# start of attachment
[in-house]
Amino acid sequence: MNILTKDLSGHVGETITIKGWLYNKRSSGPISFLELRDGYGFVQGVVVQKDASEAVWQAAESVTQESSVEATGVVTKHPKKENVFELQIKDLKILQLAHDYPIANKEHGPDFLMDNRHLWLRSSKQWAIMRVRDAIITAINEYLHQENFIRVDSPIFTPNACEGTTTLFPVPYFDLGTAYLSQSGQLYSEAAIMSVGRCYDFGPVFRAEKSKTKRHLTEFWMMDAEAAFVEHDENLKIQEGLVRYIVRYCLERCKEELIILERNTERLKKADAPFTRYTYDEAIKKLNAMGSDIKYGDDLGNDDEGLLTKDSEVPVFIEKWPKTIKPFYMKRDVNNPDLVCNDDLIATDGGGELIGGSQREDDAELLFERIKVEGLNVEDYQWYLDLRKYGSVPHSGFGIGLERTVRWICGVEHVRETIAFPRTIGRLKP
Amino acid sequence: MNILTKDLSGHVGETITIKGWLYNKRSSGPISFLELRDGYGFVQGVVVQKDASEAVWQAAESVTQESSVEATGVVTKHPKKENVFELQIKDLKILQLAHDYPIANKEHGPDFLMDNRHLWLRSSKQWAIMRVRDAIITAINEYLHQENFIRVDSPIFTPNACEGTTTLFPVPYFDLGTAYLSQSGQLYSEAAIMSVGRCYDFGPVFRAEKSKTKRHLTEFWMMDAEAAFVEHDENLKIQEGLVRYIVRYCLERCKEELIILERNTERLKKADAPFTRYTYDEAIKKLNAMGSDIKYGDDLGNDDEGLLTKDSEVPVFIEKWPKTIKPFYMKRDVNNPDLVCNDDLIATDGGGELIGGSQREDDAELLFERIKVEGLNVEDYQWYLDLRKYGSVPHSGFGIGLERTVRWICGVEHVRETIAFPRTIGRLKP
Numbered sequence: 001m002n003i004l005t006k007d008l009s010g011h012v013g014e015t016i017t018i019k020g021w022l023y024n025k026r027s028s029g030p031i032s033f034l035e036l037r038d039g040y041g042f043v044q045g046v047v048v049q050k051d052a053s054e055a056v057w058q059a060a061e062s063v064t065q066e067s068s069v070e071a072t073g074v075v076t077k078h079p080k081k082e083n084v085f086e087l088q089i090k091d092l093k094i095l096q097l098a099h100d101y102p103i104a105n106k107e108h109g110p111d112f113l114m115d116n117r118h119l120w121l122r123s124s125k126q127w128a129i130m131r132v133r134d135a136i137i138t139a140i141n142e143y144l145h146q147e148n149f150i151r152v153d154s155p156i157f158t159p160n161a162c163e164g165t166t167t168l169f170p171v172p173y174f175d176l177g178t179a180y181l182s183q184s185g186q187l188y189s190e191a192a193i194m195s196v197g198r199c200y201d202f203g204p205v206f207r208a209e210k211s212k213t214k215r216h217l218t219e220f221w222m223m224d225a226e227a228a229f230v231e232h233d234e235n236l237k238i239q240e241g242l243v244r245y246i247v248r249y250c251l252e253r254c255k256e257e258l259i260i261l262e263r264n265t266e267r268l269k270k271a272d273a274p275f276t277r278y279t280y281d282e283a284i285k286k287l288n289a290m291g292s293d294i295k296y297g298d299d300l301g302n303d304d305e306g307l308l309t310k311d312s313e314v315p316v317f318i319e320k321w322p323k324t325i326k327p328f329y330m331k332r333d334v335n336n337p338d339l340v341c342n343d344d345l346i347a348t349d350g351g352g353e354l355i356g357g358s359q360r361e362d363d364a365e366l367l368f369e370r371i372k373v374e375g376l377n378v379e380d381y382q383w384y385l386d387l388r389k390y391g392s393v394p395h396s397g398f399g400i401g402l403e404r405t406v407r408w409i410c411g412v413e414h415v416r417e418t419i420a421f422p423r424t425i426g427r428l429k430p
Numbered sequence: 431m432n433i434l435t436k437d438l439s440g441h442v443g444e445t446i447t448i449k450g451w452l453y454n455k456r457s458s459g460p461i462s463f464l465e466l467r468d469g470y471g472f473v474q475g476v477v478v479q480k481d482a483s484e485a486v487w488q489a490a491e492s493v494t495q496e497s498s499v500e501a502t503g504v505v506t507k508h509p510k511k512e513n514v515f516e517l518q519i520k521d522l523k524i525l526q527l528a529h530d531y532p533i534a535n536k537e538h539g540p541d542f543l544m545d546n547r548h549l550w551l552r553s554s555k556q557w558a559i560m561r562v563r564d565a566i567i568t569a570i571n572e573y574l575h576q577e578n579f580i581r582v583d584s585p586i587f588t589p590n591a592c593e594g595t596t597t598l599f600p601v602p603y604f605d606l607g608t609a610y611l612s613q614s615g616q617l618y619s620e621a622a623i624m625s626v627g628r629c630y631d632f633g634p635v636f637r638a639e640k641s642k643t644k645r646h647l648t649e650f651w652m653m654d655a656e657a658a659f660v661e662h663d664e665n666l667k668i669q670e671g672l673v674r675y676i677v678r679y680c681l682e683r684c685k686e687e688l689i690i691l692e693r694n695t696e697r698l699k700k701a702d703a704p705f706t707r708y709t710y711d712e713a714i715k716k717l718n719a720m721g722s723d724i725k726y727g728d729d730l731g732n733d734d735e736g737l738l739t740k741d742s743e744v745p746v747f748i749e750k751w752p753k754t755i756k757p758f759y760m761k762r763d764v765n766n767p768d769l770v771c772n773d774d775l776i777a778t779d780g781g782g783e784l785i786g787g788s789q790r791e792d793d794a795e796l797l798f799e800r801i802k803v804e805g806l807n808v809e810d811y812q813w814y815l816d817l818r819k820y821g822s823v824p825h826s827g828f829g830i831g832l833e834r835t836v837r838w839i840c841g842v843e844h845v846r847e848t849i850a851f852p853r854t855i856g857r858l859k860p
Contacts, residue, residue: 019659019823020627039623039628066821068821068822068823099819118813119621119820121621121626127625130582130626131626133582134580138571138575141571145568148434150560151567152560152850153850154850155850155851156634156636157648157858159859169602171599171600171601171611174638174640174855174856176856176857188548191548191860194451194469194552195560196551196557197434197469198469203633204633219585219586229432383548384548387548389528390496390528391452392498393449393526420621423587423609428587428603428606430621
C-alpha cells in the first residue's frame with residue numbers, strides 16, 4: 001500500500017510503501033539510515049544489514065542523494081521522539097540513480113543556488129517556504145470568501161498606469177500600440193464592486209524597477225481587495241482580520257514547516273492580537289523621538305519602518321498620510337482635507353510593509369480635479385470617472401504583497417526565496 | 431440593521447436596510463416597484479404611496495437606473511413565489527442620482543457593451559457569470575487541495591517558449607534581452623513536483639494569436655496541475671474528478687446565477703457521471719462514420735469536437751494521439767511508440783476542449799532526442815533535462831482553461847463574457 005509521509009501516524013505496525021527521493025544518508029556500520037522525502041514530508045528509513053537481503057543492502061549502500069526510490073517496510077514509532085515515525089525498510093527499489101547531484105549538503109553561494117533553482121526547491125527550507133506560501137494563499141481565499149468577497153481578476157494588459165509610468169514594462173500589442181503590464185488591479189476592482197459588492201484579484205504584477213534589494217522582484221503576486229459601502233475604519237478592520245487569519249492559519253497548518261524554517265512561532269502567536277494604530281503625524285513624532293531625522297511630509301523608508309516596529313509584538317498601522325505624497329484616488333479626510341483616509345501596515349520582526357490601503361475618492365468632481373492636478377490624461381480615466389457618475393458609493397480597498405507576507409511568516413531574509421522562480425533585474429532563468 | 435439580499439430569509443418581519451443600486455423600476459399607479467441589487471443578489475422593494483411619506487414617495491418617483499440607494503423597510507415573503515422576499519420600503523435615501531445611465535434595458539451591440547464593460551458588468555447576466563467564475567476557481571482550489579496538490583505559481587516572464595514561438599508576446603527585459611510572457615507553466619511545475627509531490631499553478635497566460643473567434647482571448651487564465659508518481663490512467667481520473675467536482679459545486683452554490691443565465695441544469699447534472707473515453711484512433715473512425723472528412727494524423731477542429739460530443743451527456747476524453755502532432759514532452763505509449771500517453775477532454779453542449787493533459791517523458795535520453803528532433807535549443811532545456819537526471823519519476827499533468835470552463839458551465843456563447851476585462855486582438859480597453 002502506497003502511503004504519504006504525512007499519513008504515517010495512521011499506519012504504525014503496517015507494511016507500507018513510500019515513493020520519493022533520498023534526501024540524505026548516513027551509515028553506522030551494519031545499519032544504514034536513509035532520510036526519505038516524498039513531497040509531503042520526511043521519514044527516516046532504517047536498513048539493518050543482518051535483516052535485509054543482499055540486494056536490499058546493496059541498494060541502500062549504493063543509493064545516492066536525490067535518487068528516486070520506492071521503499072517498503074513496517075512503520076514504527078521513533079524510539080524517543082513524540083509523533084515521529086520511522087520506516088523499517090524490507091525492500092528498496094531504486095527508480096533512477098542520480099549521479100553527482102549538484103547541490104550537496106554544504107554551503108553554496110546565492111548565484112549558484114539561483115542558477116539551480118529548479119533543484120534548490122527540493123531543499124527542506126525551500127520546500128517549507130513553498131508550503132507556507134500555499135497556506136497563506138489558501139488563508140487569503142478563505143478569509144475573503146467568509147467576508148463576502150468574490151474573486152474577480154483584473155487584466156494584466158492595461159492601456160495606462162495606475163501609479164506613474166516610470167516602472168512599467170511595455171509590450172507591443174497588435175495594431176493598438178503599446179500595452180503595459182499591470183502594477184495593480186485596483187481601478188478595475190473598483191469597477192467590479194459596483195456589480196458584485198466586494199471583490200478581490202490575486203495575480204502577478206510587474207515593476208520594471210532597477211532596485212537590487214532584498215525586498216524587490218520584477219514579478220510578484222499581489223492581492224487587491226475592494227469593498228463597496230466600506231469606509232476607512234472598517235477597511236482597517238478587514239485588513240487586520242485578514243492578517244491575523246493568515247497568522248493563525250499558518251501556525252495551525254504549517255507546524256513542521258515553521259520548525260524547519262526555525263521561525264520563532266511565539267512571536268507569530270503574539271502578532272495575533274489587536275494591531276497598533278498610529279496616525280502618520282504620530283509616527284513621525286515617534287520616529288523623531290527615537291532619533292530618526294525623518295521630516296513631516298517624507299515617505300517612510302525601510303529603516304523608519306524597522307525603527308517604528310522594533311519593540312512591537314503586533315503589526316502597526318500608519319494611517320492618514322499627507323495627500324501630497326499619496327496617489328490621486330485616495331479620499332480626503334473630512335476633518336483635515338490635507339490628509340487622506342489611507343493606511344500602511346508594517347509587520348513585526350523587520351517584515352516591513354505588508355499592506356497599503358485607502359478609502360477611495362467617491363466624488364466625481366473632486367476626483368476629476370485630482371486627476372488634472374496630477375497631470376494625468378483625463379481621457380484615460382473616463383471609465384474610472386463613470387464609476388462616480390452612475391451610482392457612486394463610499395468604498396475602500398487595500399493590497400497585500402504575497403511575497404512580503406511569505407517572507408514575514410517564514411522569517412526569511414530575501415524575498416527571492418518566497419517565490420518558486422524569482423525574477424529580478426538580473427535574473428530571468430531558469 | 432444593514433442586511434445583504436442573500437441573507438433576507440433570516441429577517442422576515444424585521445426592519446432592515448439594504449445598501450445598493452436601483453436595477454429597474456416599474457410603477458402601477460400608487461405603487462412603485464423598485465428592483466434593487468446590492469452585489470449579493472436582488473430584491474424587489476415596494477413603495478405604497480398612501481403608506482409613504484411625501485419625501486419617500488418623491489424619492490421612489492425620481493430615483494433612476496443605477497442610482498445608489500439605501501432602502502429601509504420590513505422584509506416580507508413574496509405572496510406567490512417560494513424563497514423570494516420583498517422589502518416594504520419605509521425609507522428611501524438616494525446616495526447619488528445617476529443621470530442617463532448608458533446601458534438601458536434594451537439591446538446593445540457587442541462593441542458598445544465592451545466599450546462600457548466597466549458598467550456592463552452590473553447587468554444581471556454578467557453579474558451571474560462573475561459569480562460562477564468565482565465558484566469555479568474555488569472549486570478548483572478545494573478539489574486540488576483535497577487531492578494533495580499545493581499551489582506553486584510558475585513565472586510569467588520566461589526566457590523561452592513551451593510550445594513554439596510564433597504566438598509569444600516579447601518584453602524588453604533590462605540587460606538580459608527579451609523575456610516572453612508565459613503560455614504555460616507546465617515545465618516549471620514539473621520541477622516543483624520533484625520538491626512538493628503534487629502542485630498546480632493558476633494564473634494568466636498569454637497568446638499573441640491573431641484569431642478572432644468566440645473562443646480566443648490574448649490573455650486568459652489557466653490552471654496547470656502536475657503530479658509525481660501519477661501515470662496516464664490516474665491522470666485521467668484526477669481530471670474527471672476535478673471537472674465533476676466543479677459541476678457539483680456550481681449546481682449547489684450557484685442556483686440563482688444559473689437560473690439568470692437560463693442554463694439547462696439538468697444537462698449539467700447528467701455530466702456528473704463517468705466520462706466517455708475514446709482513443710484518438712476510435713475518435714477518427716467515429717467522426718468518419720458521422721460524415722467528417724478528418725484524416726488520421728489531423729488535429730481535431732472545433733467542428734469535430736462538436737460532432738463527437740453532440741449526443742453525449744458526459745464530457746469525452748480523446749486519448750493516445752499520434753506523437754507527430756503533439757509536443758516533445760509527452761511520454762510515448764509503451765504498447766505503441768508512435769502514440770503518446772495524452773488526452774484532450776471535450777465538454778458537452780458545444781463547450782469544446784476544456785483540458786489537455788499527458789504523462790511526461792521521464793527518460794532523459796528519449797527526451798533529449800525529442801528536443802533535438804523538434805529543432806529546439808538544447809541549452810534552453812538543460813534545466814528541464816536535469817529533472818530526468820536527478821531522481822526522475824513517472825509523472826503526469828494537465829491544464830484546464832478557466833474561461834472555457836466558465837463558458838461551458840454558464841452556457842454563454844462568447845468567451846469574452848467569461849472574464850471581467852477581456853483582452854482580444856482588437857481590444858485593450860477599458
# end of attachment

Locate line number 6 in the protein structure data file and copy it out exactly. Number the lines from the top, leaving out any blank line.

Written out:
Contacts, residue, residue: 019659019823020627039623039628066821068821068822068823099819118813119621119820121621121626127625130582130626131626133582134580138571138575141571145568148434150560151567152560152850153850154850155850155851156634156636157648157858159859169602171599171600171601171611174638174640174855174856176856176857188548191548191860194451194469194552195560196551196557197434197469198469203633204633219585219586229432383548384548387548389528390496390528391452392498393449393526420621423587423609428587428603428606430621